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Volkswagen Begins Buyback of Tainted Vehicles

Owners of 2-liter diesel engine Volkswagens tainted by emissions cheating software have filed more than 383,000 claims for buybacks or modifications, worth more than $4.7 billion, an attorney told a federal judge on Wednesday.

SAN FRANCISCO (CN) – Owners of 2-liter diesel engine Volkswagens tainted by emissions cheating software have filed more than 383,000 claims for buybacks or modifications, worth more than $4.7 billion, an attorney told a federal judge on Wednesday.

The figures were revealed one week after Volkswagen pleaded guilty to conspiring to defraud U.S. regulators and consumers, paying $4.3 billion in fines. Six of its former executives also face criminal charges for the fraud.

The German automaker admitted to installing defeat devices in about 11 million vehicles worldwide, more than half a million sold in the United States. The defeat devices enabled cars to cheat emission tests while spewing up to 40 times more nitrogen oxide (NOx) on the road than allowed under federal law.

Attorney Elizabeth Cabraser, representing a class of consumers and dealerships aggrieved by the "diesel-gate" scandal, delivered the set of claims numbers to U.S. District Judge Charles Breyer during a hearing Wednesday morning.

The claims were filed as part of a $14.7 billion settlement finalized in October, in which Volkswagen agreed to buy back or modify 482,000 2-liter diesel engine vehicles.

Volkswagen also agreed to pay $2225 million to settle claims over 83,000 3-liter diesel engine vehicles last month. A hearing on the motion for preliminary approval of that settlement is scheduled for Jan. 31.

Attorney Robert Giuffra Jr., representing Volkswagen, said the company has offered to buy back 267,000 2-liter diesel engine vehicles, worth $4.7 billion, and that 96,000 buybacks or lease terminations are expected to occur by the end of January.

On Jan. 6, the EPA and California Air Resources Board approved a fix for about 70,000 "Generation 3" 2-liter diesel engine vehicles, including 2015 models of the Volkswagen Beetle, Beetle Convertible, Golf, Golf SportWagen, Jetta, and Passat, and Audi A3.

The modifications involve a 2-phase solution of software changes and the installation of new hardware, including a new diesel particulate filter, diesel oxidation catalyst, and NOx catalyst.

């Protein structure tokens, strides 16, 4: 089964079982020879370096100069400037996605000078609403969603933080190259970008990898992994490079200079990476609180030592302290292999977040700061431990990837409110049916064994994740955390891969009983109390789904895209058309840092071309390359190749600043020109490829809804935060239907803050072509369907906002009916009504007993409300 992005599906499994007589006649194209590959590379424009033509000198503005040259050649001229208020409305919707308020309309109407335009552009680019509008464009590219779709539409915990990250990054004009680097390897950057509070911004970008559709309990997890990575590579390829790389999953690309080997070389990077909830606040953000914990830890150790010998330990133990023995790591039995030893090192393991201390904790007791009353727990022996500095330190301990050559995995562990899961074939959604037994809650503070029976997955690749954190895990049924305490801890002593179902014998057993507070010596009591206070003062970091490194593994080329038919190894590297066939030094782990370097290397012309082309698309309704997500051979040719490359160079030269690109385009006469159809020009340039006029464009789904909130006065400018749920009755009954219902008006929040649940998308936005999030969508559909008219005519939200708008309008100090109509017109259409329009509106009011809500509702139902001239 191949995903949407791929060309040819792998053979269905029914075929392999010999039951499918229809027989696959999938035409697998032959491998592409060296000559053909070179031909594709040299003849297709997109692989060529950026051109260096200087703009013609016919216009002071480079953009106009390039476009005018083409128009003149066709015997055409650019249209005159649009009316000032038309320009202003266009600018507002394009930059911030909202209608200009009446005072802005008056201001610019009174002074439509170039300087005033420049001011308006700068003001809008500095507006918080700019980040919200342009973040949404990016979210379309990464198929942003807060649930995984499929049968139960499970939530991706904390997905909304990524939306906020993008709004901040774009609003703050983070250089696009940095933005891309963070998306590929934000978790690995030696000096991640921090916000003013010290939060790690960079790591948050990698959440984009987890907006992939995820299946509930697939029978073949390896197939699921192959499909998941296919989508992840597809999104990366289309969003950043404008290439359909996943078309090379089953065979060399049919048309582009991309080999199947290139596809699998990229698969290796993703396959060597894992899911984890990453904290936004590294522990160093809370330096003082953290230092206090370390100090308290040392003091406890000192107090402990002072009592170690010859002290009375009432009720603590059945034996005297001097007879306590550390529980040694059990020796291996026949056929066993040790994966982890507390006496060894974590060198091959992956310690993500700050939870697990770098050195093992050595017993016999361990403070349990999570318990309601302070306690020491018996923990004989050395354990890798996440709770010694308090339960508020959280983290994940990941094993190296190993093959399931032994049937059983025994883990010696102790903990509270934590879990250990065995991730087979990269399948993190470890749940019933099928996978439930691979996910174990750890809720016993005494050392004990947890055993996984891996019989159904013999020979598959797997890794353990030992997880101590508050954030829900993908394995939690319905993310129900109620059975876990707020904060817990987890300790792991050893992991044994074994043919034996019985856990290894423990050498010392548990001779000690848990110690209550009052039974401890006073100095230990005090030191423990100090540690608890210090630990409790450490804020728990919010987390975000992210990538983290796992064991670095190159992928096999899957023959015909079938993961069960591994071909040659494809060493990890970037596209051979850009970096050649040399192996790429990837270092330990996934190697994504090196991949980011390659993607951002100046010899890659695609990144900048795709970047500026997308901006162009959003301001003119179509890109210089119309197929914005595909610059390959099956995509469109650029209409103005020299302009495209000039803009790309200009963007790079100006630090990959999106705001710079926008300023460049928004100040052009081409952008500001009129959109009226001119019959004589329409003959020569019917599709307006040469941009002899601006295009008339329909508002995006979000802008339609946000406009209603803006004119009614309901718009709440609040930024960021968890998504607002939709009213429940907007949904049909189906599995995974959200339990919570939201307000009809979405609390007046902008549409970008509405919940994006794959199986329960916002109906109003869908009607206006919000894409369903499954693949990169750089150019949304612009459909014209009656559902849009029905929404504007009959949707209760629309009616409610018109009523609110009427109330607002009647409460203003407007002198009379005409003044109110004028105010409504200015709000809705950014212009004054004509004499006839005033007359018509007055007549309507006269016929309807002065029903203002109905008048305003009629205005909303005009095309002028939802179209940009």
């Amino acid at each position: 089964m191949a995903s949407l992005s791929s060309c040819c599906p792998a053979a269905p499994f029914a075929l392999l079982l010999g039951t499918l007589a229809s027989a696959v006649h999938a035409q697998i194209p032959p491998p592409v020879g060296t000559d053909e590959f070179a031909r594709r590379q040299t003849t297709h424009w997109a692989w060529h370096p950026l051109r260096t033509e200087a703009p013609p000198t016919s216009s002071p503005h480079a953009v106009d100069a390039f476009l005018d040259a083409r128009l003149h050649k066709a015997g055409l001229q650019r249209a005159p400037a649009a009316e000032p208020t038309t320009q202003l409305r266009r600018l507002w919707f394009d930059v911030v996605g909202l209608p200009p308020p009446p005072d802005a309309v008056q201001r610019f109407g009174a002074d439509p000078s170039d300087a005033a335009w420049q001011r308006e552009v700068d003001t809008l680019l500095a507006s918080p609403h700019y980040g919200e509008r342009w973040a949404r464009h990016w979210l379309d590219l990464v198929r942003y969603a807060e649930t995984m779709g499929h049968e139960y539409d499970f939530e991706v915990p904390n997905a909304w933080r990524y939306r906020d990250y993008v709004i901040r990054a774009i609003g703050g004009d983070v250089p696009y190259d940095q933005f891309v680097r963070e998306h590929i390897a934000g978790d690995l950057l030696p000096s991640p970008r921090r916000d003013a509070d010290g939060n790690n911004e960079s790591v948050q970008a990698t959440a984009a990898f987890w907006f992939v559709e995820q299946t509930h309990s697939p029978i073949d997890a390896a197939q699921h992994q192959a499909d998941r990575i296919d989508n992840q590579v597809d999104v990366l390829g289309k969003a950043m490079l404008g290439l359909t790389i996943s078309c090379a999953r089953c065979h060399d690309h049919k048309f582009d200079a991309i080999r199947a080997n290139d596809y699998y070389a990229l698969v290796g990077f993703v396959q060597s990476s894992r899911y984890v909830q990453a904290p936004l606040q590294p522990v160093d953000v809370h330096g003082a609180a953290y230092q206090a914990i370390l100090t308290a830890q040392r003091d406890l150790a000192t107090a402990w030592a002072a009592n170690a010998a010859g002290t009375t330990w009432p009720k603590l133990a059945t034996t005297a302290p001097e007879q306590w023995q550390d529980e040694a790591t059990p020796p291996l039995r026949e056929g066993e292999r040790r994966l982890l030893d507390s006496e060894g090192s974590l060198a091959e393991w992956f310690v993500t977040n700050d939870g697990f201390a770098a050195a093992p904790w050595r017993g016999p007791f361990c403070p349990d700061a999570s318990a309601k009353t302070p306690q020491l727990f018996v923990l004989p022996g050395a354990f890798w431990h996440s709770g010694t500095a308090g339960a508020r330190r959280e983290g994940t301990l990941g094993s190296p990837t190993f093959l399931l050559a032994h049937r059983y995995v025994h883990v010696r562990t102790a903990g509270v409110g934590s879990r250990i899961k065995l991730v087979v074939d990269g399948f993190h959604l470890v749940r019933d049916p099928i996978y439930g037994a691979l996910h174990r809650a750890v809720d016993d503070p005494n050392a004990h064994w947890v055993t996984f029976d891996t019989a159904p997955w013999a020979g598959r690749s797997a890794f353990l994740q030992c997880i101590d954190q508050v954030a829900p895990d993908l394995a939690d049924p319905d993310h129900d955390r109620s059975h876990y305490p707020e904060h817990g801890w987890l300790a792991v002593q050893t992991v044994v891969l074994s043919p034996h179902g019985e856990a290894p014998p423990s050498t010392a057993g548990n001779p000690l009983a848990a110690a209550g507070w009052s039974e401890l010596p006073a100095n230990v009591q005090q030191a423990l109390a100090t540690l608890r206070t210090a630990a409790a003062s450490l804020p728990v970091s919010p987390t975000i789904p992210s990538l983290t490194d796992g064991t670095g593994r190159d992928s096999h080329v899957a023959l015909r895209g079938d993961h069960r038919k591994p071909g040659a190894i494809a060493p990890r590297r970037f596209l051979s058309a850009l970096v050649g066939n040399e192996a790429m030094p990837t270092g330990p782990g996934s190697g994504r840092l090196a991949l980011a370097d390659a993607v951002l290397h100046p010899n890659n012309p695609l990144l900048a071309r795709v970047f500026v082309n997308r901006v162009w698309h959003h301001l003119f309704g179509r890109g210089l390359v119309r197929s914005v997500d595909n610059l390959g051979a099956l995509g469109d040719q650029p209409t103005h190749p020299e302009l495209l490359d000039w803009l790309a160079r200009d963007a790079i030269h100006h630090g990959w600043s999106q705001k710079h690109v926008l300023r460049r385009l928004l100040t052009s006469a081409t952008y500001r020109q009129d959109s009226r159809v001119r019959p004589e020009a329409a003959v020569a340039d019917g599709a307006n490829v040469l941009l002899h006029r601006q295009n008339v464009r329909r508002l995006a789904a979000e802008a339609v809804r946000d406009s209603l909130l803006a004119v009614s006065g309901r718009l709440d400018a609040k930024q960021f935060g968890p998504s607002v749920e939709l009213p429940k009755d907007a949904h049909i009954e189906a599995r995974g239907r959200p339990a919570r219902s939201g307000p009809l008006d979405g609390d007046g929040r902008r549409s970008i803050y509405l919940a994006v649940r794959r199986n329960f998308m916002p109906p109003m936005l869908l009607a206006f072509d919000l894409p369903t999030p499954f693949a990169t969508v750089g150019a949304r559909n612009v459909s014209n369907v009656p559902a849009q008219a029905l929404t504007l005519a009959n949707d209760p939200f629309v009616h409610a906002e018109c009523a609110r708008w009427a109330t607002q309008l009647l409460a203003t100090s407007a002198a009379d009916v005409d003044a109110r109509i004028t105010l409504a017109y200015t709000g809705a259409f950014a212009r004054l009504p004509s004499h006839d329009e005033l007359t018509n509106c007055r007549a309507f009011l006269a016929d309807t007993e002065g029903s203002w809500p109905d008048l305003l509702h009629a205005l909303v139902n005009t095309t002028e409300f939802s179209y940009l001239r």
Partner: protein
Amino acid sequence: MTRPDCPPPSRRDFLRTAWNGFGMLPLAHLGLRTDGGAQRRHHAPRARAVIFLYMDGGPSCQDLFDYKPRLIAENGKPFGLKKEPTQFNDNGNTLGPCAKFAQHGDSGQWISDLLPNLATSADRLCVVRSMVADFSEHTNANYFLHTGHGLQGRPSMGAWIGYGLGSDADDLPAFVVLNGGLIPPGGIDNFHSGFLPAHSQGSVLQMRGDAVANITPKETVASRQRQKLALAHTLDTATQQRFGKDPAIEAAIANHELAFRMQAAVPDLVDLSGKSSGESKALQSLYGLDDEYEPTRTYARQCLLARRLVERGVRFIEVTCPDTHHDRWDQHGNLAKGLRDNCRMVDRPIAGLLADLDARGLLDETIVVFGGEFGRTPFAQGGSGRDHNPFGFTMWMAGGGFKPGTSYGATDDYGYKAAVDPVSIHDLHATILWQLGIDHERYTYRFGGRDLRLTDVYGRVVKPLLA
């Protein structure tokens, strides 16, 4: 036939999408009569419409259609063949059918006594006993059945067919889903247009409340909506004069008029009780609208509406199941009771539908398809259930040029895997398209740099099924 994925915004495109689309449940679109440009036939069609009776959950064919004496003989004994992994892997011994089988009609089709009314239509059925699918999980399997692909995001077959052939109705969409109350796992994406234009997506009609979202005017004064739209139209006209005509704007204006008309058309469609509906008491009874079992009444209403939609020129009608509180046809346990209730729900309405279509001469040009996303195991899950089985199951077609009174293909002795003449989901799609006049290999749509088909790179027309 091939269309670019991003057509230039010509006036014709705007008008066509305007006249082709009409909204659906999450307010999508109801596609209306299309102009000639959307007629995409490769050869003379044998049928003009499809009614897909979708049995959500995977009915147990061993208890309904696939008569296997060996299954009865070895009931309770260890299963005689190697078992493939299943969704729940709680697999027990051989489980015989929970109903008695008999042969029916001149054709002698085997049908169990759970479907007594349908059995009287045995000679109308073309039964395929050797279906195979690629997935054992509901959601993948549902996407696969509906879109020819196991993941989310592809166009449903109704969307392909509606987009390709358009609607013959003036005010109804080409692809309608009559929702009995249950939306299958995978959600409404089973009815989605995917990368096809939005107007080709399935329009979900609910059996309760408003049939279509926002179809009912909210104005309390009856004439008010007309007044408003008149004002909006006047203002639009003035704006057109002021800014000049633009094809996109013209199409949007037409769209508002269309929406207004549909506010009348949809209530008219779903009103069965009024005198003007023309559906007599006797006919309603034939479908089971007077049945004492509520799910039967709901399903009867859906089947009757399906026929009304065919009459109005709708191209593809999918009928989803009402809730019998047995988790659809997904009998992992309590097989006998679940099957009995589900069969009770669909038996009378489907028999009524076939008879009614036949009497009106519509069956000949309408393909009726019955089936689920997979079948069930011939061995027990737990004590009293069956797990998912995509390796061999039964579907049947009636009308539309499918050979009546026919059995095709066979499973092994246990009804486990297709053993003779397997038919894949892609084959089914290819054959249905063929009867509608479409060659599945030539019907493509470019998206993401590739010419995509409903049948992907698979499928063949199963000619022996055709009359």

Also on Wednesday, Breyer postponed granting final approval to a $1.19 billion settlement between Volkswagen and 637 of its 651 U.S. dealerships.

Under terms of the proposed deal, each dealership will receive about $1.85 million to make up for lost revenue caused by the emissions scandal.

Volkswagen also agreed to maintain its prior financial support payments of $600 per car sold to dealerships, worth approximately $14.4 million per month.

Additionally, the German automaker will freeze requirements for dealerships to make capital investments until November 2018, and it will repurchase from dealers any diesel-engine vehicles for which it cannot provide an approved emissions modification.

Tom Smith, who owns a dealership in Wilmington, Delaware, traveled to San Francisco to object to the way the settlement funds are allocated. The formula compensates dealers based on how many affected vehicles are in operation in their area of influence, rather than on the number of vehicles sold.

Smith argued that Volkswagen won’t properly compensate him for vehicles in an "open-point area," a region not covered by an official dealership, just 1.5 miles away from his business location.

But Volkswagen attorney Robert Giuffra said the formula was designed to compensate dealers in the fairest manner possible and that compensation based on regions and "on-point areas" resulted from extensive prior negotiations over Smith's franchise agreement with Volkswagen.

"The dealers are very important to Volkswagen," Giuffra said. "Volkswagen has been in operation in the states for 60 years, and we really want to build stronger relationships than we've even had before with our dealer network."

The owner of Palisades Volkswagen in Nyack, New York, also objected to releasing Volkswagen from claims unrelated to the diesel emissions scandal. The Palisades dealership sued Volkswagen in 2013, claiming it set unfair sales goals and gave a competing dealer an unfair advantage, allowing it to obtain more favorable vehicle pricing.

Steve Berman, lead counsel for the dealership class, said the parties will file an addendum to the agreement so that the Palisades dealership and others can pursue unrelated claims against Volkswagen that were filed prior to April 2016.

Breyer set a deadline for that amendment to be filed by Jan. 20, and said he would issue a ruling on the motion for final settlement approval "soon."

Berman and Cabraser are with Lieff Cabraser Heimann & Bernstein in San Francisco.

Giuffra is with Sullivan & Cromwell in New York.

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